A Radio Silence

Videos

 
 
 
 
 
 
 

A Radio Silence
2008
video: edition of 3
stop-motion animation, performance-video for flat screen
digital photographs assembled with a digital video-editing program
video loop: 7 min 47 s
produced during a residency at the Quebec Studio in New York with financial support from the Conseil des arts et des
lettres du Québec
documentation: – photo & video©Diane Landry
collection: Musée national des beaux-arts du Québec, Quebec City (1/3) 

2017

  • Times Flies, curator: Maude Lévesque, MNBAQ, Quebec City (Quebec, Canada).

2015

  • L'art en soi, curator: Dany Quine and Simon Grondin, Villa Bagatelle, Quebec City (Quebec, Canada).

2013

  • Ombres et lumières, curator: Nisk Imbeault, Galerie d’art Louise et Reuben-Cohen, Moncton (New Brunswick, Canada).
  • Diane Landry: by every wind that blows, Curator: Raphaela Platow & Steven Matijcio, Contemporary Arts Center, Lois & Richard Rosenthal Center for Contemporary Art, Cincinnati (Ohio, USA).
  • The Cadence of All Things, Cameron Art Museum, Wilmington (North Carolina, USA).

2011

  • The Defibrillators, curator: Eve-Lyne Beaudry, Art Gallery of Hamilton, Hamilton (Ontario, Canada).

2010

  • Réservoir électrique, Séquence, Saguenay (Quebec, Canada).
  • The Defibrillators, curator: Eve-Lyne Beaudry, Mount Saint Vincent University Art Gallery, Halifax (Nova Scotia, Canada).

2009

  • The Defibrillators, curator: Eve-Lyne Beaudry, Agnes Etherington Art Centre, Kingston (Ontario, Canada); Esplanade Art Gallery, Medicine Hat (Alberta, Canada); and Robert McLaughlin Gallery, Oshawa (Ontario, Canada).
  • Diane Landry: Pictures Happenings, Durham Art Gallery, Durham (Ontario, Canada).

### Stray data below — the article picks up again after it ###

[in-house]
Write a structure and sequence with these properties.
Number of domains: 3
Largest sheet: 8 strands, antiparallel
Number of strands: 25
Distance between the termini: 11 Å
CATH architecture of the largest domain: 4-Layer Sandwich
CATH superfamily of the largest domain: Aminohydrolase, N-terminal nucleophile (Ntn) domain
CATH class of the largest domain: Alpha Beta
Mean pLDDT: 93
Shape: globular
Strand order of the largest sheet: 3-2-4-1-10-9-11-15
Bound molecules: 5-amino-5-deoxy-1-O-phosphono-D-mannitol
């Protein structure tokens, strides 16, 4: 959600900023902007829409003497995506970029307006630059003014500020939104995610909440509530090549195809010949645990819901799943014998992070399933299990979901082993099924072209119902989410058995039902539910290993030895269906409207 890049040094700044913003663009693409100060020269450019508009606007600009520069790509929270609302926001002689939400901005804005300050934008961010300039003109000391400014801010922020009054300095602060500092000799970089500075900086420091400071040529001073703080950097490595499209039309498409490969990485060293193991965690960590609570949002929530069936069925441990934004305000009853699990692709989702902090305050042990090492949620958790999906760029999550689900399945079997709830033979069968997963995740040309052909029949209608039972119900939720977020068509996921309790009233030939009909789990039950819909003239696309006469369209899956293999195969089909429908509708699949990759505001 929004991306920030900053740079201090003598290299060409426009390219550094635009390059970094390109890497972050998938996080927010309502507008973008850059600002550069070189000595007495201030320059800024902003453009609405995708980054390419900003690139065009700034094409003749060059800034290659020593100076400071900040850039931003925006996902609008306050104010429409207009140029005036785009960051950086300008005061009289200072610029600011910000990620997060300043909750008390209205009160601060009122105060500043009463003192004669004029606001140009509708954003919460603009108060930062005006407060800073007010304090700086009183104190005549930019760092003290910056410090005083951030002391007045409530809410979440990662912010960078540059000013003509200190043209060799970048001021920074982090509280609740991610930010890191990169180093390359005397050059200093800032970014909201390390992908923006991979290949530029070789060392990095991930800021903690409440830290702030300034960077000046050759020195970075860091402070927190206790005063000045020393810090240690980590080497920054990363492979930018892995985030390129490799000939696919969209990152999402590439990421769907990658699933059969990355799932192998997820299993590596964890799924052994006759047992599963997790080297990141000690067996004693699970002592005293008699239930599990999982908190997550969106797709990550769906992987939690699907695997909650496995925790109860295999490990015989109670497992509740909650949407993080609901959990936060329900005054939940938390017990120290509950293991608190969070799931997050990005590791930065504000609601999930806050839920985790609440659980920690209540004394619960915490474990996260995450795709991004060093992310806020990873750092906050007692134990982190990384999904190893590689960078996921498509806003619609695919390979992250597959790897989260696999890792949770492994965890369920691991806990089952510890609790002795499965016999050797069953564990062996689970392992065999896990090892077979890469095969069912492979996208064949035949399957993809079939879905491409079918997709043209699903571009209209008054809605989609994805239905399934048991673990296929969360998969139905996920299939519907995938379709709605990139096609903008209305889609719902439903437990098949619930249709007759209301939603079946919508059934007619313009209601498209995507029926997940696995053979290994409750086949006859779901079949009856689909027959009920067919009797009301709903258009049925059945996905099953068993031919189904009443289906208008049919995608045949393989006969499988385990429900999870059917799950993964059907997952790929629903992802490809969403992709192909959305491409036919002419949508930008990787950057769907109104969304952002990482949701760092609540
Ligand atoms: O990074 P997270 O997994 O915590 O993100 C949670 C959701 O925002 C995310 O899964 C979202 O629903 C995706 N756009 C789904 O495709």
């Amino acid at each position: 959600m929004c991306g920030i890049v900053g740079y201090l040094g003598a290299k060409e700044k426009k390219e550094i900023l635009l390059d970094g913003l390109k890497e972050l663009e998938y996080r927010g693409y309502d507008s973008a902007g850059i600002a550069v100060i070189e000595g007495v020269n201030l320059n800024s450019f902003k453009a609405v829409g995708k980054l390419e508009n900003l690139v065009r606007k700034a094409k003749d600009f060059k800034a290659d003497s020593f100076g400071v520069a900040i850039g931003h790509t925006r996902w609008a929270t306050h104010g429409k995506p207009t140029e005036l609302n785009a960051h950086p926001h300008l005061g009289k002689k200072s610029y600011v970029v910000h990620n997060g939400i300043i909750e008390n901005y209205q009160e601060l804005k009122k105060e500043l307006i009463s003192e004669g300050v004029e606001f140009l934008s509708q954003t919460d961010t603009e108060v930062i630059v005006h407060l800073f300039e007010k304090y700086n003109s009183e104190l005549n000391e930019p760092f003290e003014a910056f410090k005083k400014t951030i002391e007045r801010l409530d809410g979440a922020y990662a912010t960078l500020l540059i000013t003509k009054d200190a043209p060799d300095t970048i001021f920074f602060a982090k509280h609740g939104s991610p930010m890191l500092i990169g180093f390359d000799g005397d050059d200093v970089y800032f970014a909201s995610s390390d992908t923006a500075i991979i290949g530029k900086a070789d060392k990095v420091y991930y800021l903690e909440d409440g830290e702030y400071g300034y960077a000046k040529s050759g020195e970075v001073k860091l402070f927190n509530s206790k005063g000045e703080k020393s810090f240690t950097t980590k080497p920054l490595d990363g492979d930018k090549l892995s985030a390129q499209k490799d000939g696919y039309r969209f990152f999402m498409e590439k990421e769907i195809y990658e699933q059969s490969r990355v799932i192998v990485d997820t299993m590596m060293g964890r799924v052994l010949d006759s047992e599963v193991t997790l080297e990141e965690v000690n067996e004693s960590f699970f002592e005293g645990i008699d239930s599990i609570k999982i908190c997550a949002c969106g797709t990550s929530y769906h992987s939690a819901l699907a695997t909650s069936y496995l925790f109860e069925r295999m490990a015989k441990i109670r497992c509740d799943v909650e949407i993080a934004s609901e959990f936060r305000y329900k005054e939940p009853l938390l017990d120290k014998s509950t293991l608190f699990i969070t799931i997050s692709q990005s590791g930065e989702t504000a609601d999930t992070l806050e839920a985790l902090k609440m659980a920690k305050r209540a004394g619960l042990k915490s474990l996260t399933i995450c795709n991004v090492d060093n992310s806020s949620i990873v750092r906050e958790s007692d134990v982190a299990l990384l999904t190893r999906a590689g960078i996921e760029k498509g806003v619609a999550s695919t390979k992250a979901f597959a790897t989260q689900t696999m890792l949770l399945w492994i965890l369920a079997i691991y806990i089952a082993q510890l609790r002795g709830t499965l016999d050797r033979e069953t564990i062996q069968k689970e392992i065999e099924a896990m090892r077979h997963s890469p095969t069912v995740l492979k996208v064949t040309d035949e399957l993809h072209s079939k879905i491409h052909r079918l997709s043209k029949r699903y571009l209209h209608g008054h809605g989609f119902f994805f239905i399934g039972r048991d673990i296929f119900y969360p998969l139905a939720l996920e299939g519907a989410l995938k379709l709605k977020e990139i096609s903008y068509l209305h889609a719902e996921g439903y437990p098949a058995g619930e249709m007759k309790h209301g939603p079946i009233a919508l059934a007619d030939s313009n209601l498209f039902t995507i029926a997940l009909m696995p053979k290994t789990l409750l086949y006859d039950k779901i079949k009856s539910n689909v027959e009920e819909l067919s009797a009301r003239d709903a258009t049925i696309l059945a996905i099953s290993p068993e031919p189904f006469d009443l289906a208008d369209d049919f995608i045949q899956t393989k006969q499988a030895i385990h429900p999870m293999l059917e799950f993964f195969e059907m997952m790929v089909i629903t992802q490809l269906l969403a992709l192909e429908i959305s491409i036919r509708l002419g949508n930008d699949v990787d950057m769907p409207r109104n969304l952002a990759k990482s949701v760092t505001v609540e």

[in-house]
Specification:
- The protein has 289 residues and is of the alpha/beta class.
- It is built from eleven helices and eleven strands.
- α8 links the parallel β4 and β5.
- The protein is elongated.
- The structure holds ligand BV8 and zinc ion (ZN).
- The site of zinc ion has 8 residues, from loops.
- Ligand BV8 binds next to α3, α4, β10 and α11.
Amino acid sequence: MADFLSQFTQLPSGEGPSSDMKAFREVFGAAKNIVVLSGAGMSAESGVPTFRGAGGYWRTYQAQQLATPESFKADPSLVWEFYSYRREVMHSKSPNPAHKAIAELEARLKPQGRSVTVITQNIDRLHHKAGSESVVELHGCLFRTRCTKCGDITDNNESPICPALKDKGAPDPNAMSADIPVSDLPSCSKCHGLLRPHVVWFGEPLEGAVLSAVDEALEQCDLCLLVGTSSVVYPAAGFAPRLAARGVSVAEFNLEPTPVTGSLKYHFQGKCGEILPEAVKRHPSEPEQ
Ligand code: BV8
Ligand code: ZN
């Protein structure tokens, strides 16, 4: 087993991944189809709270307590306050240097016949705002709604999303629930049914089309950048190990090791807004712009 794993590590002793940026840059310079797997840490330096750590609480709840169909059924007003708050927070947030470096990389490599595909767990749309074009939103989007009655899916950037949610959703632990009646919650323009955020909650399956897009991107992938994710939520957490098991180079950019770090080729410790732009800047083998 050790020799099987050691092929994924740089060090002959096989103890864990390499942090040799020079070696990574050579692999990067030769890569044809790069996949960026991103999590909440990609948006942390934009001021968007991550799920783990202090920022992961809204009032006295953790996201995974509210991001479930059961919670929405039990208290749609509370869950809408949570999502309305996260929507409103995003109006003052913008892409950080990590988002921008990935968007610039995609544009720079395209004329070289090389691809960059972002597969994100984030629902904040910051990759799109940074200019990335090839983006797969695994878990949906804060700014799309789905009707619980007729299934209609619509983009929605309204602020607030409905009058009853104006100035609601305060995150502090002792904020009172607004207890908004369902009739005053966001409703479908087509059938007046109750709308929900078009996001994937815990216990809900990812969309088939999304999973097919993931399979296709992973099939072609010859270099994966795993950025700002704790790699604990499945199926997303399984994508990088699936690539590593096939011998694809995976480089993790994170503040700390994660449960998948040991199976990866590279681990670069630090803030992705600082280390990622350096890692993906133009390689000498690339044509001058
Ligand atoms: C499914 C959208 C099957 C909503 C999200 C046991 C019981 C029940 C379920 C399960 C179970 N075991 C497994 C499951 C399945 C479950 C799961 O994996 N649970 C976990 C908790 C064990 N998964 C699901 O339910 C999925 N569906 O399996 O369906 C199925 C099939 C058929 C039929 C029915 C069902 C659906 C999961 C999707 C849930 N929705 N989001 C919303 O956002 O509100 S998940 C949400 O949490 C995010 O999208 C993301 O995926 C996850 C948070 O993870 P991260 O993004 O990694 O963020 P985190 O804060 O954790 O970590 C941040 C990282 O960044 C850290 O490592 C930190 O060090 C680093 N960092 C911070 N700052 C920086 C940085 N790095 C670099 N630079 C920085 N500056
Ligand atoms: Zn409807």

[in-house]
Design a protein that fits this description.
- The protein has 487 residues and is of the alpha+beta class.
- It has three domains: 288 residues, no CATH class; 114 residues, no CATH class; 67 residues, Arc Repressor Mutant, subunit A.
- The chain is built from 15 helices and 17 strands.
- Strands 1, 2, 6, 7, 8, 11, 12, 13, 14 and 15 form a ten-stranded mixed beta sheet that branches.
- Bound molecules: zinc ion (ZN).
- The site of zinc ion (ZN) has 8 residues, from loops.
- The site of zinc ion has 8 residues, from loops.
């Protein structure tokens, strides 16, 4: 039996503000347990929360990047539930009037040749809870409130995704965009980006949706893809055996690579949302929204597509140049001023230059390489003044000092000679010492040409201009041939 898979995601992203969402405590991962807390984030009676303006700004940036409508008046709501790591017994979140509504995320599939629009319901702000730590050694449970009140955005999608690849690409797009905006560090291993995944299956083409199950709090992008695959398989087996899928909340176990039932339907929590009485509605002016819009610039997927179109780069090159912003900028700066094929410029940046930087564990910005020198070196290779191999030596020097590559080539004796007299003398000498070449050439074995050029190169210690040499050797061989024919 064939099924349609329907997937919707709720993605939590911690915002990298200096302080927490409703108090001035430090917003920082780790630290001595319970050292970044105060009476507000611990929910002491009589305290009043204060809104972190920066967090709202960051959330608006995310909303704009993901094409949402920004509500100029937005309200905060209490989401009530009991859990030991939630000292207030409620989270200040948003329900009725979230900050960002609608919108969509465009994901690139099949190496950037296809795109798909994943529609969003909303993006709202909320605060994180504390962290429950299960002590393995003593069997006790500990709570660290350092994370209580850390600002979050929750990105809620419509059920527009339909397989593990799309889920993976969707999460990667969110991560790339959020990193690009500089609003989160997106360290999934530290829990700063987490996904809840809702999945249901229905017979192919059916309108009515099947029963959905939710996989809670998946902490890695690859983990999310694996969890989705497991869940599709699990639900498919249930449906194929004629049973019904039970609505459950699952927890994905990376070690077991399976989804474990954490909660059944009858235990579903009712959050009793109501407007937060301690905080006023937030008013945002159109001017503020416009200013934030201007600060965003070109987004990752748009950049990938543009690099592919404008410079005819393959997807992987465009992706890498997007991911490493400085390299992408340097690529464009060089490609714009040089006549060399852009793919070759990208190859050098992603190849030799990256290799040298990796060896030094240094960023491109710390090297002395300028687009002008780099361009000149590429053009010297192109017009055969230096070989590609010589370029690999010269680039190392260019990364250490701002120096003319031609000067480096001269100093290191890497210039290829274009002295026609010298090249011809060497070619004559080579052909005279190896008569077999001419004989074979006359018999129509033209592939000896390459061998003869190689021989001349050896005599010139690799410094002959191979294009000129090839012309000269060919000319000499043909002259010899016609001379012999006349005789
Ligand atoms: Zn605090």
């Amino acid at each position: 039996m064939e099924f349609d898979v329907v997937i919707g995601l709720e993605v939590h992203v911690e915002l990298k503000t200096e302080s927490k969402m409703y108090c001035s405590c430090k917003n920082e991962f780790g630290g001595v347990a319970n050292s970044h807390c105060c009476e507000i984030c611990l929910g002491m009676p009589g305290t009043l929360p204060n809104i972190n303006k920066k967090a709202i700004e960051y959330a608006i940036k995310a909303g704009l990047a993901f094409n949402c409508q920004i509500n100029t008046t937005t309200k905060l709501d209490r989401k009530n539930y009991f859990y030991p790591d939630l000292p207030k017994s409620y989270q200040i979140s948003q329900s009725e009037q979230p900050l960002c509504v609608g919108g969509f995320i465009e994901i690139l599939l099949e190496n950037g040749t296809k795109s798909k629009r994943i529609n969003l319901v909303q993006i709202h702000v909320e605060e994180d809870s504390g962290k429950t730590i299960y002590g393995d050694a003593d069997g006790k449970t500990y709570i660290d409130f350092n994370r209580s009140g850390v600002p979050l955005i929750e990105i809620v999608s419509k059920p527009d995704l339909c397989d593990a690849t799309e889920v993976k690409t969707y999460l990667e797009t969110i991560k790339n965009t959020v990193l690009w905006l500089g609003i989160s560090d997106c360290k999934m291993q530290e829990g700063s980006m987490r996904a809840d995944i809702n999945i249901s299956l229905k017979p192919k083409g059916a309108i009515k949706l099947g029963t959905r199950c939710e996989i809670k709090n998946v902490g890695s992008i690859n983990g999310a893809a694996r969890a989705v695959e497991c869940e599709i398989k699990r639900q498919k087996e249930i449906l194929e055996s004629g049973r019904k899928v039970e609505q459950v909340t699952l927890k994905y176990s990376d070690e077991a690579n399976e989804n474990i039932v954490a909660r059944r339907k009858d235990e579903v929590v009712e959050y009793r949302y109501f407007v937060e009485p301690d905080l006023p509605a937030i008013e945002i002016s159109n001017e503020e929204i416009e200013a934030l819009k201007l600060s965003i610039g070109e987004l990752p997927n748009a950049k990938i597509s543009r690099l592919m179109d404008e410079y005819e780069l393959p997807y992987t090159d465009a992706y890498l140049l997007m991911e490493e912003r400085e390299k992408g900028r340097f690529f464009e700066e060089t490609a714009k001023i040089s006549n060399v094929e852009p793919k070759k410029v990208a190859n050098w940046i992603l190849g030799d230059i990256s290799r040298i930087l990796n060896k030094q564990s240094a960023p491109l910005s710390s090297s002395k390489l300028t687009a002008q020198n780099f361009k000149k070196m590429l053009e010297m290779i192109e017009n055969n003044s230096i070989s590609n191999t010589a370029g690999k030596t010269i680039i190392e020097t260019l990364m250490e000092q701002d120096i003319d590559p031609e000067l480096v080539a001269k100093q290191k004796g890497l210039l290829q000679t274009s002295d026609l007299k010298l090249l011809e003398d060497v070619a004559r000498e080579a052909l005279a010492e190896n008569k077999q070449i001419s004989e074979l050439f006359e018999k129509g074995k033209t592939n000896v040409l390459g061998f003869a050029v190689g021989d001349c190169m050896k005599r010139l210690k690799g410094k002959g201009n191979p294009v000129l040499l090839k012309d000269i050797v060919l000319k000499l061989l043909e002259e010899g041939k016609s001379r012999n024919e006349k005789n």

• The Magic Shield, Koffler Gallery at the Beaver Hall Gallery, Toronto (Ontario, Canada).

2008

  • Les défibrillateurs, curator: Eve-Lyne Beaudry, Musée d’art de Joliette, Joliette (Quebec, Canada).

 “This idea of spatiotemporal compression achieves an unbelievable intensity in Radio Silence, executed in 2008. Landry pushed the limits of what she could inflict on her body in the course of the performative act that led to the making of this work. While staying in New York, she photographed herself once a minute during two 24-hour periods, trying to adopt the same position each time. She then made two video montages of the photos which, put in chronological order, condensed two whole days into about six minutes. The spatiotemporal compression thus achieved is apparent in the speeded-up changes in the brightness of the daylight until the sun goes down, and in the ‘jerky immobility’ of the artist, which reveals that she has moved from place to place during the performance. This work is about the limits imposed on the body—an issue often confronted in performance art—and the appropriation of space, about movement and immobility, but also about reality and the documentation of it. Landry drastically changes the documentary function customarily performed by films of performances. The document here not only bears witness to acts carried out in private but it also and literally becomes the actual material of the work. Historically the ephemeral nature of performance art meant that once the performance was over, the work could only be seen thereafter by proxy.”

Eve-Lyne Beaudry, The Defibrillators (excerpt), Musée d'art de Joliette, 2009